Undergraduate Module Descriptor
LAW3194C: The Law of Corporate Finance
This module descriptor refers to the 2022/3 academic year.
|Term(s) and duration|
This module will run during term 2 (11 weeks)
Mr Nick Pointon (Convenor)
|Available via distance learning|
The raising, maintenance and strategic application of capital is essential to the long-term prosperity of any large corporate venture. Whether it is expanding into a new market, enabling a merger or acquisition, launching a new product, building financial resilience or any other motive for corporate restructuring, companies of all types constantly need to access different sources of finance swiftly, safely and smoothly. Given that raising capital is a risk-prone activity, with the potential to cause widespread consequences for stakeholders, as well as for wider society, it is a very heavily regulated aspect of corporate governance, with many rules and laws in place to manage and minimise risk the capital raising, maintenance, expenditure and reduction processes.
This module introduces students to the two primary sources of finance for companies outside of the company’s own profits – being equity and loan capital – exploring the different strategic options for companies and the optimum systems of corporate financial structuring. It then builds on each of these by exploring some of the risk, practical management and policy challenges surrounding different aspects of corporate finance, explaining the rationale for different legal rules controlling each process and the broader requirements for corporate and controller compliance. It therefore explores issues such as the law and rules governing different share types and classes, issuing shares, loan security and charges, capital maintenance, capital reduction, financial assistance, and on managing liability in corporate insolvency.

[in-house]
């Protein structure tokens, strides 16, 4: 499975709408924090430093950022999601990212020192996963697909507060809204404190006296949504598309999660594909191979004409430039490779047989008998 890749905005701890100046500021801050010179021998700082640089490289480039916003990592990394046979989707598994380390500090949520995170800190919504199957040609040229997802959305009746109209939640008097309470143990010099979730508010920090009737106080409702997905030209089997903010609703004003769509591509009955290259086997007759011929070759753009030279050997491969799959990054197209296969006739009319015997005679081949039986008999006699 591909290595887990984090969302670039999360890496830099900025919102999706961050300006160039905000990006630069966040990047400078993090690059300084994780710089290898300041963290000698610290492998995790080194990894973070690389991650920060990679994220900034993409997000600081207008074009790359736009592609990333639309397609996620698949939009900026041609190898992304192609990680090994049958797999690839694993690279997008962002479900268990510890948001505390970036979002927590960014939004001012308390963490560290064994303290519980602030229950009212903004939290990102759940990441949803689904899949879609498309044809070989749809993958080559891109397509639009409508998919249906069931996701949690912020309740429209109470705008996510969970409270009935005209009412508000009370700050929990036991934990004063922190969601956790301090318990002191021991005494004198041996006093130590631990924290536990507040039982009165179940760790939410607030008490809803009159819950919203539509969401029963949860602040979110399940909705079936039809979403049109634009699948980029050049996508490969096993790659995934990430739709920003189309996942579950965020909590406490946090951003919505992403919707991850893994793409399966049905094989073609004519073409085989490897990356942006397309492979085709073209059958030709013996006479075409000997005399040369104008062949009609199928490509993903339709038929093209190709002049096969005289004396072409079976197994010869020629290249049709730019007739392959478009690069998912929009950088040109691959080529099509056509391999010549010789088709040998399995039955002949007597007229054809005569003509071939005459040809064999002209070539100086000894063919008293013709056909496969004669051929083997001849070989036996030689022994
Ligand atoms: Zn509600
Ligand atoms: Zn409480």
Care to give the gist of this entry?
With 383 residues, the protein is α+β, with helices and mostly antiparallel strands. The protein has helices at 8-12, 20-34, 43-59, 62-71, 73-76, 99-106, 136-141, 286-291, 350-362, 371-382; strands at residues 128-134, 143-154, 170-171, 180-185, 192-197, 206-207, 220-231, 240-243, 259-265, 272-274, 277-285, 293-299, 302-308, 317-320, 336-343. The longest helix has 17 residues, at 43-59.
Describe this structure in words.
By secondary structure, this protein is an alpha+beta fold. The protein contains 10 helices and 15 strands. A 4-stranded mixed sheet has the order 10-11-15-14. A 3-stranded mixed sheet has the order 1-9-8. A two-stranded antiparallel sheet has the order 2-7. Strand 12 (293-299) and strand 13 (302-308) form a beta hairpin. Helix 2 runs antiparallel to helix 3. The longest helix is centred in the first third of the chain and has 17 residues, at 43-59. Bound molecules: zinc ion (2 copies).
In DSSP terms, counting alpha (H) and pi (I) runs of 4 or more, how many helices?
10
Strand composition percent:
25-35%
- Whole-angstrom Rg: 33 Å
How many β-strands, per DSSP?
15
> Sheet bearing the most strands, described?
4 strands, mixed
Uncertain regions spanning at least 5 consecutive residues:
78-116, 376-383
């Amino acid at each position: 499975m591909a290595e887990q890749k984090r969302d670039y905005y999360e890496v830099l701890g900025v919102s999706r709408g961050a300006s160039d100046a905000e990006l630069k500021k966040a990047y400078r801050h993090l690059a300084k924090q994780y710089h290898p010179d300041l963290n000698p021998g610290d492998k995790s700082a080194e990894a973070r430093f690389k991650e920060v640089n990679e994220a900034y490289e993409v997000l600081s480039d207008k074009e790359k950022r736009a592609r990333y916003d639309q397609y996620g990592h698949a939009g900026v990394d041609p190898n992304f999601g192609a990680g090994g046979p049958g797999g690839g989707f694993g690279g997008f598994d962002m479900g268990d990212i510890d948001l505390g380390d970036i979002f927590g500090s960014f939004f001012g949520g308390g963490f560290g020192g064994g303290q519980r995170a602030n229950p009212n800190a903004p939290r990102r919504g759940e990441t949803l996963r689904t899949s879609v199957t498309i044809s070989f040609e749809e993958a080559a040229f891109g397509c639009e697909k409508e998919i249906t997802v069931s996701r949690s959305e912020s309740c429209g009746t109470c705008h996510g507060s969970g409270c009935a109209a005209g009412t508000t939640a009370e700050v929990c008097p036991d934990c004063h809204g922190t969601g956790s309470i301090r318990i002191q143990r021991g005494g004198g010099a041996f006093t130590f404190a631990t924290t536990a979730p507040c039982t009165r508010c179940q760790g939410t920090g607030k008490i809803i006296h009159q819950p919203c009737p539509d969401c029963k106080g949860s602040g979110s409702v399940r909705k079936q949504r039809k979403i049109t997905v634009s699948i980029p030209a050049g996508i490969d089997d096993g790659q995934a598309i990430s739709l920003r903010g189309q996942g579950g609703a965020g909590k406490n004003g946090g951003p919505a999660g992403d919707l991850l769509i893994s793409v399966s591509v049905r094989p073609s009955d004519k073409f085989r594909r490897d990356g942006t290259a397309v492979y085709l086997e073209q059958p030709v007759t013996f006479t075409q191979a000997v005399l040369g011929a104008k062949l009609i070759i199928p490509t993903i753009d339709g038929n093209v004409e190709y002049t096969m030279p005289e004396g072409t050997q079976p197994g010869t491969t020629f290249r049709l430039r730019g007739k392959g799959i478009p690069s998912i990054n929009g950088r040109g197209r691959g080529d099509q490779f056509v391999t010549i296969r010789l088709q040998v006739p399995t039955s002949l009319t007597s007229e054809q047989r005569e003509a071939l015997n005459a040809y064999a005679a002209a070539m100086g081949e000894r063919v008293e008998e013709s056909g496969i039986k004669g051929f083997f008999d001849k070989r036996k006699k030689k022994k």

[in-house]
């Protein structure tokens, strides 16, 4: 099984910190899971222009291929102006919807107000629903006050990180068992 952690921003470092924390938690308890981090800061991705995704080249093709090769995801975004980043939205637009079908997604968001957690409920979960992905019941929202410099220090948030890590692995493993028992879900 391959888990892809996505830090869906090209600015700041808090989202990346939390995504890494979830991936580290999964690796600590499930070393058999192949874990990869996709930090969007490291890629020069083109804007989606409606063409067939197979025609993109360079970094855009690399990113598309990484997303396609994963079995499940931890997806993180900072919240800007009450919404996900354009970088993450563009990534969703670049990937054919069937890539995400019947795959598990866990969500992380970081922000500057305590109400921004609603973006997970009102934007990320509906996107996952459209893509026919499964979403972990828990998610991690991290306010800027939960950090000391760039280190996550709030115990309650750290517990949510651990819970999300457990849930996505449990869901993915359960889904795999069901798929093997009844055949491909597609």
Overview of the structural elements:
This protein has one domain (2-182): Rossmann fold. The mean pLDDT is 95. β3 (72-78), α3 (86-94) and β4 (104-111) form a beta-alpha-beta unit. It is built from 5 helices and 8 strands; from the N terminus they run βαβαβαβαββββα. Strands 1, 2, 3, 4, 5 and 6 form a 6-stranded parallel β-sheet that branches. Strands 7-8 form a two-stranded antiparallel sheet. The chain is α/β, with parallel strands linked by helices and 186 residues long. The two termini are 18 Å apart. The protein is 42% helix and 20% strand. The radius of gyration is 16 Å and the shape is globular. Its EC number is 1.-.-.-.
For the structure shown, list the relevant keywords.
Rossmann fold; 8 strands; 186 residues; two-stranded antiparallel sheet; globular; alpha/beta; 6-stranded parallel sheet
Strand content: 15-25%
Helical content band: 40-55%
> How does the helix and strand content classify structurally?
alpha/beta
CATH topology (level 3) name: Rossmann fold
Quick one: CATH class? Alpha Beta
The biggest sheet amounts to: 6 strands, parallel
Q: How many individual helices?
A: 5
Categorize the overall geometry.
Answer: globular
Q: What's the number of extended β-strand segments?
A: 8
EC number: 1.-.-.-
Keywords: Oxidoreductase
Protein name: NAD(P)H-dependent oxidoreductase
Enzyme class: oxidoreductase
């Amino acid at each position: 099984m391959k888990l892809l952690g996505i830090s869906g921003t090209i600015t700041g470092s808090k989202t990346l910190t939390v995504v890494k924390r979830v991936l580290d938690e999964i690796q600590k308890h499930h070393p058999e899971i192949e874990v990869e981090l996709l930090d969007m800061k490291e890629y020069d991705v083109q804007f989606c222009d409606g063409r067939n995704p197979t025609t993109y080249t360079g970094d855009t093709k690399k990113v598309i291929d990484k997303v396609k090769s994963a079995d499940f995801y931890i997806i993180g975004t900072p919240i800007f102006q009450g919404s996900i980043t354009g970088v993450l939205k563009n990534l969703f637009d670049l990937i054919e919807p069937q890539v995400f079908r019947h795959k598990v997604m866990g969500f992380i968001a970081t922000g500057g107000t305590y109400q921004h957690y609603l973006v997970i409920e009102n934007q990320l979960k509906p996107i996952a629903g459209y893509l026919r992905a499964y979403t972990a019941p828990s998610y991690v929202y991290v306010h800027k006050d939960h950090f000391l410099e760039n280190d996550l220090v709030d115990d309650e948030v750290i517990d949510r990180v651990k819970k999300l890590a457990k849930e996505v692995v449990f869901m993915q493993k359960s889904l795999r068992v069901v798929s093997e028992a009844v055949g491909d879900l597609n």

While students may benefit from having previously studied Corporate Law, Theory and Governance (LAW3195C), it is certainly not a pre-requisite, as this module will assume no prior knowledge of company law.